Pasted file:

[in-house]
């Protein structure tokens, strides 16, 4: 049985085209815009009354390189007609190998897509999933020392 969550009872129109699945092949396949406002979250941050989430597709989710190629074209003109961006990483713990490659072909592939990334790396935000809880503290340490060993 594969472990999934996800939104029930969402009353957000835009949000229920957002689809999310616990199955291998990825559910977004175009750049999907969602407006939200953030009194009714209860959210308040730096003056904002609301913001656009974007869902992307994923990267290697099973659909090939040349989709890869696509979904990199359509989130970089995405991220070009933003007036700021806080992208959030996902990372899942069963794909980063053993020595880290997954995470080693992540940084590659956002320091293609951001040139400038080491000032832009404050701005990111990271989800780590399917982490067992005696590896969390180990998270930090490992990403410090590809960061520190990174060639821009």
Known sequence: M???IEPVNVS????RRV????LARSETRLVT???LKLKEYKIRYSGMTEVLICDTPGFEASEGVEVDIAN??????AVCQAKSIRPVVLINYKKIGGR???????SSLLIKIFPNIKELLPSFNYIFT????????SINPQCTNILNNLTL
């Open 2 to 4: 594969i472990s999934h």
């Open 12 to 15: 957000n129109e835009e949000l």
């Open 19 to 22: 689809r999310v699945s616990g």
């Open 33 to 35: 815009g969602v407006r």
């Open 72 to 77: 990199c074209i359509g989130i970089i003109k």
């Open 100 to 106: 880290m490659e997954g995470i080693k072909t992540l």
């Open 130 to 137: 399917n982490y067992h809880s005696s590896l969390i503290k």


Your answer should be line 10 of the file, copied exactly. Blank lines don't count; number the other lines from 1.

């Open 130 to 137: 399917n982490y067992h809880s005696s590896l969390i503290k």